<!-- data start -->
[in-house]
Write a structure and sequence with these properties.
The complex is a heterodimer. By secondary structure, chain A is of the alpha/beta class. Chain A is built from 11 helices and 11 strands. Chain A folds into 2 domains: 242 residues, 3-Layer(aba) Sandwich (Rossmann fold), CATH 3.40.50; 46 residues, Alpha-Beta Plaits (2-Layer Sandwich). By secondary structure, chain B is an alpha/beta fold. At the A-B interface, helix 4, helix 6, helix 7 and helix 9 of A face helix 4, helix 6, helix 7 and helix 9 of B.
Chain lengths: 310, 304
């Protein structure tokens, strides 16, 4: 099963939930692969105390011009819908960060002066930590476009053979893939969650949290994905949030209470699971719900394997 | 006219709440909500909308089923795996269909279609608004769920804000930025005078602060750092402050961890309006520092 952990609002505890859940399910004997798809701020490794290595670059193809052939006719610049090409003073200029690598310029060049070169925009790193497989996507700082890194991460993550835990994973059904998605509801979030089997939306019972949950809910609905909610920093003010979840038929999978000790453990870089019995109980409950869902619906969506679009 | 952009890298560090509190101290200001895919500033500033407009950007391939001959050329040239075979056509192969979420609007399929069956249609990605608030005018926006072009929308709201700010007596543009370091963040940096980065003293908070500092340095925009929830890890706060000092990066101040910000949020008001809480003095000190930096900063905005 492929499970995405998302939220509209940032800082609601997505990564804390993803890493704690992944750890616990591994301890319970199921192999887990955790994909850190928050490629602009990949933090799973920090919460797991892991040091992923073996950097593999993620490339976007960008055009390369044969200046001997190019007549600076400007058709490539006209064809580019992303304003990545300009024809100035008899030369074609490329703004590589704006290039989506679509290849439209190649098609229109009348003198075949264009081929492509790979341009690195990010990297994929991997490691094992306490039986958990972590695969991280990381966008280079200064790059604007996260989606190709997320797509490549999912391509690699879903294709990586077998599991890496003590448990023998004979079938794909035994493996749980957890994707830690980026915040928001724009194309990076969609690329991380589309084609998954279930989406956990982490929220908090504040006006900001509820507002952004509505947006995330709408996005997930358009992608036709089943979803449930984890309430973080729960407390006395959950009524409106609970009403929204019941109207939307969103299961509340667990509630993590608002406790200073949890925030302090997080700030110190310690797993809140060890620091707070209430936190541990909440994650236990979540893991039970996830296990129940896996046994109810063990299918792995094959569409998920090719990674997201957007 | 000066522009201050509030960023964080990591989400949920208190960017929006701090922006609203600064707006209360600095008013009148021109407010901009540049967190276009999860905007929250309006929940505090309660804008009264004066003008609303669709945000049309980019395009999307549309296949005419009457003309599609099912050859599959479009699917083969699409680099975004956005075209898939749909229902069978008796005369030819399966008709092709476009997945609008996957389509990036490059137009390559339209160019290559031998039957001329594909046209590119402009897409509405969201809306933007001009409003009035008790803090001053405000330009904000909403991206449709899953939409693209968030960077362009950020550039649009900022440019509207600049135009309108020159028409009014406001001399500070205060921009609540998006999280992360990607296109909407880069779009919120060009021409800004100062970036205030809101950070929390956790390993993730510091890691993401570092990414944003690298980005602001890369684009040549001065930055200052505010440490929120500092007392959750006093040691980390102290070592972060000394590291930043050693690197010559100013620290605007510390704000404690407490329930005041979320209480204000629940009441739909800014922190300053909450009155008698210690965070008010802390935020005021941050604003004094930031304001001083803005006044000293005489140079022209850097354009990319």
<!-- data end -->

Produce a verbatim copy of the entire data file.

[in-house]
Write a structure and sequence with these properties.
The complex is a heterodimer. By secondary structure, chain A is of the alpha/beta class. Chain A is built from 11 helices and 11 strands. Chain A folds into 2 domains: 242 residues, 3-Layer(aba) Sandwich (Rossmann fold), CATH 3.40.50; 46 residues, Alpha-Beta Plaits (2-Layer Sandwich). By secondary structure, chain B is an alpha/beta fold. At the A-B interface, helix 4, helix 6, helix 7 and helix 9 of A face helix 4, helix 6, helix 7 and helix 9 of B.
Chain lengths: 310, 304
């Protein structure tokens, strides 16, 4: 099963939930692969105390011009819908960060002066930590476009053979893939969650949290994905949030209470699971719900394997 | 006219709440909500909308089923795996269909279609608004769920804000930025005078602060750092402050961890309006520092 952990609002505890859940399910004997798809701020490794290595670059193809052939006719610049090409003073200029690598310029060049070169925009790193497989996507700082890194991460993550835990994973059904998605509801979030089997939306019972949950809910609905909610920093003010979840038929999978000790453990870089019995109980409950869902619906969506679009 | 952009890298560090509190101290200001895919500033500033407009950007391939001959050329040239075979056509192969979420609007399929069956249609990605608030005018926006072009929308709201700010007596543009370091963040940096980065003293908070500092340095925009929830890890706060000092990066101040910000949020008001809480003095000190930096900063905005 492929499970995405998302939220509209940032800082609601997505990564804390993803890493704690992944750890616990591994301890319970199921192999887990955790994909850190928050490629602009990949933090799973920090919460797991892991040091992923073996950097593999993620490339976007960008055009390369044969200046001997190019007549600076400007058709490539006209064809580019992303304003990545300009024809100035008899030369074609490329703004590589704006290039989506679509290849439209190649098609229109009348003198075949264009081929492509790979341009690195990010990297994929991997490691094992306490039986958990972590695969991280990381966008280079200064790059604007996260989606190709997320797509490549999912391509690699879903294709990586077998599991890496003590448990023998004979079938794909035994493996749980957890994707830690980026915040928001724009194309990076969609690329991380589309084609998954279930989406956990982490929220908090504040006006900001509820507002952004509505947006995330709408996005997930358009992608036709089943979803449930984890309430973080729960407390006395959950009524409106609970009403929204019941109207939307969103299961509340667990509630993590608002406790200073949890925030302090997080700030110190310690797993809140060890620091707070209430936190541990909440994650236990979540893991039970996830296990129940896996046994109810063990299918792995094959569409998920090719990674997201957007 | 000066522009201050509030960023964080990591989400949920208190960017929006701090922006609203600064707006209360600095008013009148021109407010901009540049967190276009999860905007929250309006929940505090309660804008009264004066003008609303669709945000049309980019395009999307549309296949005419009457003309599609099912050859599959479009699917083969699409680099975004956005075209898939749909229902069978008796005369030819399966008709092709476009997945609008996957389509990036490059137009390559339209160019290559031998039957001329594909046209590119402009897409509405969201809306933007001009409003009035008790803090001053405000330009904000909403991206449709899953939409693209968030960077362009950020550039649009900022440019509207600049135009309108020159028409009014406001001399500070205060921009609540998006999280992360990607296109909407880069779009919120060009021409800004100062970036205030809101950070929390956790390993993730510091890691993401570092990414944003690298980005602001890369684009040549001065930055200052505010440490929120500092007392959750006093040691980390102290070592972060000394590291930043050693690197010559100013620290605007510390704000404690407490329930005041979320209480204000629940009441739909800014922190300053909450009155008698210690965070008010802390935020005021941050604003004094930031304001001083803005006044000293005489140079022209850097354009990319």